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Pocketwatch 101 – Learn about Vintage and Antique Pocket Watches

How to Wind a Vintage Pocket Watch

How much / how often should I wind my vintage watch?

Pocket watches are typically either stem-wound or key-wound. When you wind a watch, what you are really doing is winding up the mainspring, which sits inside the mainspring barrel (a little metal "can" that keeps the mainspring from exploding like a tangled-up slinky).

Stem-wind Watch

On a stem-wind watch, the watch is wound by turning the winding crown, almost always in a clockwise direction. The winding wheel is usually equipped with a ratcheting mechanism, so the watch only winds in one direction; the other direction is just "ratcheting back" to make it easier to wind. If you are right-handed, you hold the watch in your left hand and wind with the right. The forward stroke of your thumb is the winding stroke.

If you turn the winding knob and feel or hear any kind of grinding noise then STOP WINDING. This means that something in the winding mechanism is not engaging properly and the watch needs to be professionally serviced. There are several wheels and gears involved in winding the watch, and damage to any one of them can cause rough winding. Best bet is to have the watch looked at because continued forced winding is almost guaranteed to cause damage.

Left: Hamilton stem-wind watch; Right: Waltham 'side-winder' stem-wind watch

Left: Hamilton stem-wind watch; Right: Waltham "side-winder" stem-wind watch

Key-wind Watch

On a key-wind watch, you wind the mainspring by turning a key which usually fits through a hole in the back inner-lid of the watch case (see photo). The key is cut with a square hole in the end, which fits over a square winding arbor in the watch. Turning the key then winds the mainspring. Key-wind direction can be either clockwise or counter-clockwise, depending on the watch, but is usually clockwise. Start by trying to turn the key gently in the clockwise direction. If it turns easily against the spring tension and you hear or feel the ratchet clicking, then you're turning the correct direction. If you just encounter resistance, or if it feels like something is slipping, then you're probably trying to turn the wrong direction.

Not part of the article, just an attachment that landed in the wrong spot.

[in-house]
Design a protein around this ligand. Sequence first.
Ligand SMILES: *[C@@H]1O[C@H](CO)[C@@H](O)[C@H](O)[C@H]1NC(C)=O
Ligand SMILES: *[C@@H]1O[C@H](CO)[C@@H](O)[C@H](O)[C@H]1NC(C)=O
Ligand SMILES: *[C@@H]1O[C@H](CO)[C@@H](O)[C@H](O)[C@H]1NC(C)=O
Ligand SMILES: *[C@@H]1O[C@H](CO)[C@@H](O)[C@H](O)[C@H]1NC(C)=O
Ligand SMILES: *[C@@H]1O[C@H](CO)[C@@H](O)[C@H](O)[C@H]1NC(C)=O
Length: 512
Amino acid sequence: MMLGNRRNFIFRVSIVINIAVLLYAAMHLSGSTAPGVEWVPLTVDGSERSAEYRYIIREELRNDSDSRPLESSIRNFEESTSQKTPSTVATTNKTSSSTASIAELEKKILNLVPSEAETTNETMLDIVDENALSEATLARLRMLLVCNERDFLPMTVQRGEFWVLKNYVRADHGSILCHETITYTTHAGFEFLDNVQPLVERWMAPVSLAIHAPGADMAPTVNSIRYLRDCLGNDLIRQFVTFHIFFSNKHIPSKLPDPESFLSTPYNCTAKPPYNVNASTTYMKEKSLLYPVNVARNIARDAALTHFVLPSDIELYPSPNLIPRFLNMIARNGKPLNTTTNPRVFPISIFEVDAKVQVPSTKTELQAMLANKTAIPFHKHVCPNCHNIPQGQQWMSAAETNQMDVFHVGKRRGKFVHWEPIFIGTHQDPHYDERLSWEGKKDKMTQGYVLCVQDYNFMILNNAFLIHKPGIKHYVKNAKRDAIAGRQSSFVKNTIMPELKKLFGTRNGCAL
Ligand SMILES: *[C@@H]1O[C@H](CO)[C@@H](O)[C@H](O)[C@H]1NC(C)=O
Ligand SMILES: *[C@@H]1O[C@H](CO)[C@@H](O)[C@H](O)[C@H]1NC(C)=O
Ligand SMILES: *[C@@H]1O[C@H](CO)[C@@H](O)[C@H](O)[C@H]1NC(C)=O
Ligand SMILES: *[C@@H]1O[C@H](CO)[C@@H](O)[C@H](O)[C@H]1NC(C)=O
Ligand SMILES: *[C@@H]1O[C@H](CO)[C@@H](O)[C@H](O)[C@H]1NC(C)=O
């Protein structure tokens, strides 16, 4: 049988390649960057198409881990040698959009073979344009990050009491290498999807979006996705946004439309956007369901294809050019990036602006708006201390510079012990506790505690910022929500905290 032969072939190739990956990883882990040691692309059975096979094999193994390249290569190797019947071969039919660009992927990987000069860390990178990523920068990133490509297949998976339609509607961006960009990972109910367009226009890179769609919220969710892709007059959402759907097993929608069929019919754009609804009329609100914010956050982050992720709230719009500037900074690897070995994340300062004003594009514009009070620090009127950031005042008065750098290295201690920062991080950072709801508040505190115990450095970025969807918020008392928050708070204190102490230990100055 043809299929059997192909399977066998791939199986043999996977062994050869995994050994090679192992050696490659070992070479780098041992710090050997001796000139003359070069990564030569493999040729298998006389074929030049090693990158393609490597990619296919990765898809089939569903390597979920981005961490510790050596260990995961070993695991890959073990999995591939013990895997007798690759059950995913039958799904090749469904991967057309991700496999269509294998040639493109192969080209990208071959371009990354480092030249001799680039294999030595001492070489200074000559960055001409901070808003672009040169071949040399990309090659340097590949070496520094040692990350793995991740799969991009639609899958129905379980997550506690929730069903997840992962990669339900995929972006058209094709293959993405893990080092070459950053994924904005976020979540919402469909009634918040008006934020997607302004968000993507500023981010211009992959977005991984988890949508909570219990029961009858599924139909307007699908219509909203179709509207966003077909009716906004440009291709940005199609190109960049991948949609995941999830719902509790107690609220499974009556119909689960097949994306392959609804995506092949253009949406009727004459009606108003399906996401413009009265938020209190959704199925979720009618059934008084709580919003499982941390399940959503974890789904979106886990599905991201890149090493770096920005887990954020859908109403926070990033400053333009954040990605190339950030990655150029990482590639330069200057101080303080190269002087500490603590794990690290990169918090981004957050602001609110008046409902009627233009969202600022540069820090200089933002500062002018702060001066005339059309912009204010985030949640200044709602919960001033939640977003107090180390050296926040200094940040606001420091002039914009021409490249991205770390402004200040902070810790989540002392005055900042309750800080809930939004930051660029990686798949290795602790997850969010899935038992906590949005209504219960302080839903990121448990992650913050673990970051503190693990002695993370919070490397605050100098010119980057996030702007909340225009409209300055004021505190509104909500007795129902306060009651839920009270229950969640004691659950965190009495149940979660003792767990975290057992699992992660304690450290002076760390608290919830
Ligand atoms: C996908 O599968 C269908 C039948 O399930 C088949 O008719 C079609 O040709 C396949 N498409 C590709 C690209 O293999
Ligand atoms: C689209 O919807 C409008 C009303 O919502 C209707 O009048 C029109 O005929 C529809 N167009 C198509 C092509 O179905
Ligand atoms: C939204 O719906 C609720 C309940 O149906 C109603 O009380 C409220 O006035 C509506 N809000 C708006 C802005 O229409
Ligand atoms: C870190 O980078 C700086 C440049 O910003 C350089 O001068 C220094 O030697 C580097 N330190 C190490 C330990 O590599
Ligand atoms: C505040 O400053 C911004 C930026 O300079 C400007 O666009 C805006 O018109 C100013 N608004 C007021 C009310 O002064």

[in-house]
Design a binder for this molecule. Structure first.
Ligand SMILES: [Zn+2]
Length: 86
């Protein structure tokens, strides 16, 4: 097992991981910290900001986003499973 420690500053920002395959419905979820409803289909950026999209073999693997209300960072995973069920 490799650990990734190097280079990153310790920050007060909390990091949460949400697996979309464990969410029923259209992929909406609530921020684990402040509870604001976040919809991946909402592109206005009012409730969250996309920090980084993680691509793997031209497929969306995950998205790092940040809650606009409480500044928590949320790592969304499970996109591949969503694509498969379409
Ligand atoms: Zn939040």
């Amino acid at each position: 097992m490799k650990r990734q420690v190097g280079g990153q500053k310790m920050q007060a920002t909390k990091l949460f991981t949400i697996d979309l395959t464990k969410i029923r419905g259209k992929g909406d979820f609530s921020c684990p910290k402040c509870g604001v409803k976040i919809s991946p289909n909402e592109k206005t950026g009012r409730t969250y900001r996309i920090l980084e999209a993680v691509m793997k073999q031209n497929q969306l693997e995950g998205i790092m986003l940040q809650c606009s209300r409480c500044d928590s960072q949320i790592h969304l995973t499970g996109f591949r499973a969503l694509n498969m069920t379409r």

If you have large hands, you may find it easier to hold the key and turn the watch. If you don't know what size key your watch requires, you can refer to our table of pocket watch key sizes.

Illustration of winding Waltham P. S. Bartlett key-wind watch in coin-silver case

Illustration of winding Waltham P. S. Bartlett key-wind watch in coin-silver case

Common Winding Problems

If you are trying to wind your watch and can't, there could be several reasons. If the winding crown (or key) turns forever and you never build up any mainspring tension, then your mainspring is very likely broken (or missing). If the winding crown (or key) won't turn in either direction, then the watch is probably fully wound and won't run because of some other problem. There is really no such thing as an over-wound watch. If the watch is fully wound and it doesn't run, it's because there's something wrong with it. Blaming the problem on an over-wound mainspring would be like saying your car won't run because you have too much gas in your tank.

If the hole in your case doesn't line up with the winding square in the key-wind movement, it's because your watch is not in its correct case. There's nothing that can be done to make the holes line up (no, you really can't drill new ones). You would have to find a correct case to fit your particular movement, which can be a difficult task.